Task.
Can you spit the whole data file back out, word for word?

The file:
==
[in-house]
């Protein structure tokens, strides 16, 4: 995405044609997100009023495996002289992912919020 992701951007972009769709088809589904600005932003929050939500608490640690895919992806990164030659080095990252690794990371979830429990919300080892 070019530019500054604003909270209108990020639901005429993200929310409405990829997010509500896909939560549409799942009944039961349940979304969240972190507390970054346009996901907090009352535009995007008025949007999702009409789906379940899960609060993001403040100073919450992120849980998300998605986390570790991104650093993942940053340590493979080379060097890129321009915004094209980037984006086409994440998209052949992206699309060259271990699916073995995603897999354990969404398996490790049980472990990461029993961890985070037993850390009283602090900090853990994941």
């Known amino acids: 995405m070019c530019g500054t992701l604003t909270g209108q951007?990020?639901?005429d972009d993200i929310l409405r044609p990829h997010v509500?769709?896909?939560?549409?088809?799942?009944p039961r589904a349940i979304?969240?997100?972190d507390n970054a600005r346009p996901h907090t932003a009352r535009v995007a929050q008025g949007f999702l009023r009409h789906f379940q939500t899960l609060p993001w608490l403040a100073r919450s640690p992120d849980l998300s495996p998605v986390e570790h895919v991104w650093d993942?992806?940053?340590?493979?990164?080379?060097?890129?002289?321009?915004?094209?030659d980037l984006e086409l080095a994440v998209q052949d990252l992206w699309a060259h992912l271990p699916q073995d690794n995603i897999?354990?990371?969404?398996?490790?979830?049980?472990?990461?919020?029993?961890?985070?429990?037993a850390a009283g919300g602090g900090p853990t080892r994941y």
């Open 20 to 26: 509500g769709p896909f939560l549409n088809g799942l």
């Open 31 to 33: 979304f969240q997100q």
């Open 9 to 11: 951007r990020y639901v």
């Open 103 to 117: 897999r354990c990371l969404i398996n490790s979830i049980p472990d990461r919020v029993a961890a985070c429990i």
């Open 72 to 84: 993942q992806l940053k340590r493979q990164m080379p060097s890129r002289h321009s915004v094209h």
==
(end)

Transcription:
[in-house]
């Protein structure tokens, strides 16, 4: 995405044609997100009023495996002289992912919020 992701951007972009769709088809589904600005932003929050939500608490640690895919992806990164030659080095990252690794990371979830429990919300080892 070019530019500054604003909270209108990020639901005429993200929310409405990829997010509500896909939560549409799942009944039961349940979304969240972190507390970054346009996901907090009352535009995007008025949007999702009409789906379940899960609060993001403040100073919450992120849980998300998605986390570790991104650093993942940053340590493979080379060097890129321009915004094209980037984006086409994440998209052949992206699309060259271990699916073995995603897999354990969404398996490790049980472990990461029993961890985070037993850390009283602090900090853990994941």
């Known amino acids: 995405m070019c530019g500054t992701l604003t909270g209108q951007?990020?639901?005429d972009d993200i929310l409405r044609p990829h997010v509500?769709?896909?939560?549409?088809?799942?009944p039961r589904a349940i979304?969240?997100?972190d507390n970054a600005r346009p996901h907090t932003a009352r535009v995007a929050q008025g949007f999702l009023r009409h789906f379940q939500t899960l609060p993001w608490l403040a100073r919450s640690p992120d849980l998300s495996p998605v986390e570790h895919v991104w650093d993942?992806?940053?340590?493979?990164?080379?060097?890129?002289?321009?915004?094209?030659d980037l984006e086409l080095a994440v998209q052949d990252l992206w699309a060259h992912l271990p699916q073995d690794n995603i897999?354990?990371?969404?398996?490790?979830?049980?472990?990461?919020?029993?961890?985070?429990?037993a850390a009283g919300g602090g900090p853990t080892r994941y």
């Open 20 to 26: 509500g769709p896909f939560l549409n088809g799942l």
């Open 31 to 33: 979304f969240q997100q």
């Open 9 to 11: 951007r990020y639901v």
């Open 103 to 117: 897999r354990c990371l969404i398996n490790s979830i049980p472990d990461r919020v029993a961890a985070c429990i």
């Open 72 to 84: 993942q992806l940053k340590r493979q990164m080379p060097s890129r002289h321009s915004v094209h």